Darcy Lundgren — designer, artist and co-owner of DaDe Art & Design Lab — has certainly made good use of his junk mail. He created a custom piece a few years ago out of shredded postal refuse glued and layered onto a canvas, which he then drizzled with paint. The result was a textural painting that gave rise to a whole show of works in a similar style.
The exhibit’s title, “Environment,” has a couple of meanings. The first, and most immediately apparent as you tour the 20 or so canvasses by Lundgren, is environmental awareness — turning something wasteful into a work of art.
“The epitome of what I see as a negative for the planet are things like empty water bottles and junk mail,” explains Lundgren. Referring to that first catalyzing painting, he says, “It’s all junk mail minus newsprint and recycled paper, and it just started developing with layers of paint and layers of paper all combining.”
“Environment” also refers to our surroundings. “I starting thinking about not just being environmental, but what’s going in our little bubble right now,” says Lundgren. This train of thought underpinned another artistic choice you’ll see in many canvasses — stencilled symbols, such as “&” and “#,” layered on top of the multicoloured swoops of paint. “Symbols for words are becoming so much the way we communicate back and forth on our cellphones,” explains Lundgren.
Amid the paintings, which were all executed in a similar style but with varied results, the standout piece is one that Lundgren created several years ago called “H2O.” The tall, chandelier-like sculpture is premised on the reuse of another disposable item — glass Evian water bottles. The striking piece is a good fit for both uses of the term “Environment,” not only because of the number of bottles ending up in landfills, but also because of their ubiquity in contemporary consumer culture.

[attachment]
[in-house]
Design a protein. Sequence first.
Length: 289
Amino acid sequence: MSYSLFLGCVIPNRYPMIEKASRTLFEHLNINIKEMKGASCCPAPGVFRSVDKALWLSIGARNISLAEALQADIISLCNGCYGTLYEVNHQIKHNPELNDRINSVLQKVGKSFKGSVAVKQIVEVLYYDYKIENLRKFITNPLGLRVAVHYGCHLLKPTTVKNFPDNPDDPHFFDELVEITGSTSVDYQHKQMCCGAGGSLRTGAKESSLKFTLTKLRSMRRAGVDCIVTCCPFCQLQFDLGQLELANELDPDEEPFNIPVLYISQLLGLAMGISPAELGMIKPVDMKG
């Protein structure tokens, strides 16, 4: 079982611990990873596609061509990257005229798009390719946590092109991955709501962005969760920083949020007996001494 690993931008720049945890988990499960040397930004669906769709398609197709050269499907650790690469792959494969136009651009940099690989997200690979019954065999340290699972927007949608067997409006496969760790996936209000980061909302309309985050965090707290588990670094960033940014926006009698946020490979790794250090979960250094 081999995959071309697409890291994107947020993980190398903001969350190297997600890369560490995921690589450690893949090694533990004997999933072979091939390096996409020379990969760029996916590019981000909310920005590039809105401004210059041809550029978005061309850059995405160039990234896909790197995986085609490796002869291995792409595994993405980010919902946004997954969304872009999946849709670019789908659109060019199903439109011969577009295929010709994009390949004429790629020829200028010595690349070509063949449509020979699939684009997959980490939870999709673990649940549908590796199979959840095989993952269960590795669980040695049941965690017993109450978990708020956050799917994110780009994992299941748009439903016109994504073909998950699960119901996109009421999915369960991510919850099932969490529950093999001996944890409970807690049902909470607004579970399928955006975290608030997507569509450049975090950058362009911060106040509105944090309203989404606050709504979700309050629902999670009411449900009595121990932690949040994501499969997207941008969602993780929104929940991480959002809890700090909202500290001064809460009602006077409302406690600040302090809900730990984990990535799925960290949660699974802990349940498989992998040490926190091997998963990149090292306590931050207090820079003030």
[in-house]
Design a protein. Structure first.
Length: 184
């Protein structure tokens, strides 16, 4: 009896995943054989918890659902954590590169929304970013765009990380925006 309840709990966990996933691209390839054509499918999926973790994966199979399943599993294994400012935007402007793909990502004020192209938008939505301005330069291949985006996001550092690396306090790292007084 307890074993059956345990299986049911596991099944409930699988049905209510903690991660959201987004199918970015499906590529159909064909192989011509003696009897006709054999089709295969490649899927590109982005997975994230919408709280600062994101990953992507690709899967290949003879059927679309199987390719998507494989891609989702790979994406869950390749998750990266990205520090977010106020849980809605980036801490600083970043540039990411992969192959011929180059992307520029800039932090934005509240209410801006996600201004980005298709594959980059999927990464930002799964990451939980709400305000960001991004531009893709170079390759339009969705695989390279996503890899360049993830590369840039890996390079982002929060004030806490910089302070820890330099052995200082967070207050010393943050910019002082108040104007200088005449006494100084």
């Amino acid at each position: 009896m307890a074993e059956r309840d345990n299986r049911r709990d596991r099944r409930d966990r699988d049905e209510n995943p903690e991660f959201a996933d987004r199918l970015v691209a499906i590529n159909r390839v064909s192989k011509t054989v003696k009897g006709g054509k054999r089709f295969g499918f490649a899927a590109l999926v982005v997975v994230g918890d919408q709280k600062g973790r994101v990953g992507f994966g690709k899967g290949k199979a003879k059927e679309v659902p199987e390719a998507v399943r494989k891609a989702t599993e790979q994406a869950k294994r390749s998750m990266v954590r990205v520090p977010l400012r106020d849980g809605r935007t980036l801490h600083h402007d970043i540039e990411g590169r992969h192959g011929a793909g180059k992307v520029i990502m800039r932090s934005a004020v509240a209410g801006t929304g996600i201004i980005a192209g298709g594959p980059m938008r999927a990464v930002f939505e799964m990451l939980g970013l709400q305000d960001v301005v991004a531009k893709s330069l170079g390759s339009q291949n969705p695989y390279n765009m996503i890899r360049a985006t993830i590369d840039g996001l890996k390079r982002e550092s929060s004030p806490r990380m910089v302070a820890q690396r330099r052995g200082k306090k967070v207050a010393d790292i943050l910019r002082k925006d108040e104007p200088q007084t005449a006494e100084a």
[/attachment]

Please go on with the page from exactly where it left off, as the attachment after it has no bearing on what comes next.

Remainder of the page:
Some of the inspiration for the show came from a recent trip to the Wynwood Arts District in Miami, Florida. While Lundgren had already developed his junk mail technique, he saw kindred approaches to art at the Wynwood galleries. “I found a lot of artists down there are very much in this kind of vocabulary movement as well, where they’re taking found objects, recycling objects, salvaging objects, taking old floppy disks — you name it,” he explains. “It’s fresh and unique. There are so many different things nowadays that have become irrelevant that were very relevant 10 or 20 years ago that are still floating around, like VHS tapes and things like that.”
He adds, “It’s kind of like seeing our world in a different way, seeing things that we used before so readily, completely reinterpreted in a different way. For me, there’s beauty in everything if you try to look for it.”